How did they do it? The most common denominator was the block cursor I knew from Vim's normal mode.

All in all, I had the feeling I was being held back by my not existing knowledge of the tools with which I program. I'd gotten very good at hitting nails with the wrong side of the hammer – and hitting my finger all the time. But I was fast. I learned how to type with more than 2 fingers early on, so I was almost always faster than my colleagues. But never as fast as some of the people I looked up to in my programming sphere.

Why is Vim faster?

Being faster can be a motivator to learn Vim. It certainly was for me, after I saw just how much faster I could be.
It's the little things that let you feel like you are in much more control. Most of the time your mental process is very similar to how Vim works.

An example: I write a lot of HTML, so working with tags is one of those things I need to do all the time. Selecting the whole tag, changing the content inside a paragraph tag, or just deleting the <div> alltogether.

Let's compare the process:

Normal (modal) Editor

  1. Go to tag
  2. Select all of its content with the mouse or keyboard (be careful not the select one of the start or end braces </>, fucking up your whole markup in the process).
  3. Finally change it.

Vim / modeless editor

  1. Place cursor somewhere in the tag while in normal mode
  2. Type cit
  3. Boom💥

cit means change inner tag. I use it all the time and it was easy to remember because it just does what it says. Just remember you want to change the inner tag and you won't forget what to type.

The above process doesn't look so much different written down, but I would argue the Vim way is 5 times faster. Maybe 10 times if you use your mouse to select what you want to change.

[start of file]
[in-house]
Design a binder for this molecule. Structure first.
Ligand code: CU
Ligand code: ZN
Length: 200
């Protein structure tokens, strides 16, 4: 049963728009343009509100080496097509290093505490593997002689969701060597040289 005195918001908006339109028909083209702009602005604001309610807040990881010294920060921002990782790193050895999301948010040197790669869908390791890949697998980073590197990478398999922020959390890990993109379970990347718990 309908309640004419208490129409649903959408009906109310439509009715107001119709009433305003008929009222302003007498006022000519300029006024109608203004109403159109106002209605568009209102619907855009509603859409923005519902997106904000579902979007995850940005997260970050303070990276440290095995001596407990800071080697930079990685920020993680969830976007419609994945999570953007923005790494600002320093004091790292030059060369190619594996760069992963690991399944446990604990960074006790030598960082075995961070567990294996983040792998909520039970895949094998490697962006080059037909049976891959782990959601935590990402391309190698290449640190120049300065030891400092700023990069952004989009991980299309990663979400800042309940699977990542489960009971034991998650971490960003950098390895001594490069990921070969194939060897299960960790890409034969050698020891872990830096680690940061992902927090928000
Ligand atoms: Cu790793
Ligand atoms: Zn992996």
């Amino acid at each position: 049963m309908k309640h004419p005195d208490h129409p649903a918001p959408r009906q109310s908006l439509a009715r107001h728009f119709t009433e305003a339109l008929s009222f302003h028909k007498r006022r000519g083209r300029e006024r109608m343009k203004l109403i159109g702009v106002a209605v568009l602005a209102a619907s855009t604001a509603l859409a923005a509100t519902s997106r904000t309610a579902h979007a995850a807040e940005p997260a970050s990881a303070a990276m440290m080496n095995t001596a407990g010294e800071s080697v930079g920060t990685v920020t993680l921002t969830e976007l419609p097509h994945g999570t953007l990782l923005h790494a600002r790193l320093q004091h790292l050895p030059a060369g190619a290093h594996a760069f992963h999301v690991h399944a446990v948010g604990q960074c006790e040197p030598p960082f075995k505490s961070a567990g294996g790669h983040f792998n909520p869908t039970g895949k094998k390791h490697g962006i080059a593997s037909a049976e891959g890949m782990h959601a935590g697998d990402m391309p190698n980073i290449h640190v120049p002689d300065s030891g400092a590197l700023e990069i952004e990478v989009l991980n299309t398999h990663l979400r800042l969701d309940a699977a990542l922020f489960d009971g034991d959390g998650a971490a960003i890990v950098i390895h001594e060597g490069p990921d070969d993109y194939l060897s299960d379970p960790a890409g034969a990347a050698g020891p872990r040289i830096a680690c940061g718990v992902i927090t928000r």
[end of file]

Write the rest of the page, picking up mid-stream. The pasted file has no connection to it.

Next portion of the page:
Vim takes so much pain out of the boring editing stuff when writing code that the experience of writing code becomes much more enjoyable. I now spend more time coding than I did before because I don't waste valuable time moving code blocks around or fiddling with the mouse to change some characters.
The added time spent on programming probably also had and has a positive impact on my continued learning how to program.


How I got into Vim and got better with it

After my crash course, I installed/activated Vim mode in all my editors (I use PHPStorm and VSCode) and just forced myself to use it. After the first week (in which I felt very unproductive) I got used to it and quickly got back to the speed I had before.
It clicked the first time I changed a file on a remote server. I felt so comfortable! And I was quick compared to before. This experience was what kept me going.

I took another lesson from my brother. He showed me some more advanced motions and commands. But I plateaued quickly. Don't get me wrong: I still got faster from day to day because I got used to it. Where I had to think in the beginning to hit the correct keys I can now mainly count on my muscle memory.


Afar from the personal conversations with my brother, where I could also ask questions or get another explanation, the following resources helped me a lot to better understand Vim, see how other people use it and what their learning process looked like.

Vim Mastery by Jeffrey Way on (paid)
I always recommend Jeffrey and Laracasts. Laracasts started as a video learning platform for Laravel but also has many great series about everything around programming.
Vim Mastery is a great course.

Vim for Beginners by Matthieu Cneude (free)
This is a complete series not only for beginners but also advanced or expert users.
In my opinion, Matthieu has a great mindset when it comes to how to use the tools at your hand, how to customize them to suit your needs and get the most out of them.

Mastering the Vim language (free, video)
A great talk (a bit longy with ~ 30 minutes of playtime) by Chris Toomey for beginners. Chris is a splendid speaker, so the video doesn't feel that long.

Final words

If you now feel like you could also level up your skills: just do it! Activate Vim mode in VSCode or whatever editor you use and just start! It's easier than you think and very rewarding in its own way.

Matthieu phrased it perfectly in his Vim for Beginners article:

To me, Vim is the gamification of coding.

It really is. Like in a game you need to learn when to push the right buttons to get the outcome you want. It is a lot of fun after the first few steps because you feel how much you are progressing.

I hope you give Vim a chance!

A special thanks to pitkley for taking the time and reviewing my first draft so thoroughly. I, again, learned some small things I wasn't aware of before 🥰.

I hope this post helped you! If you have any questions, hit me up on X 😊.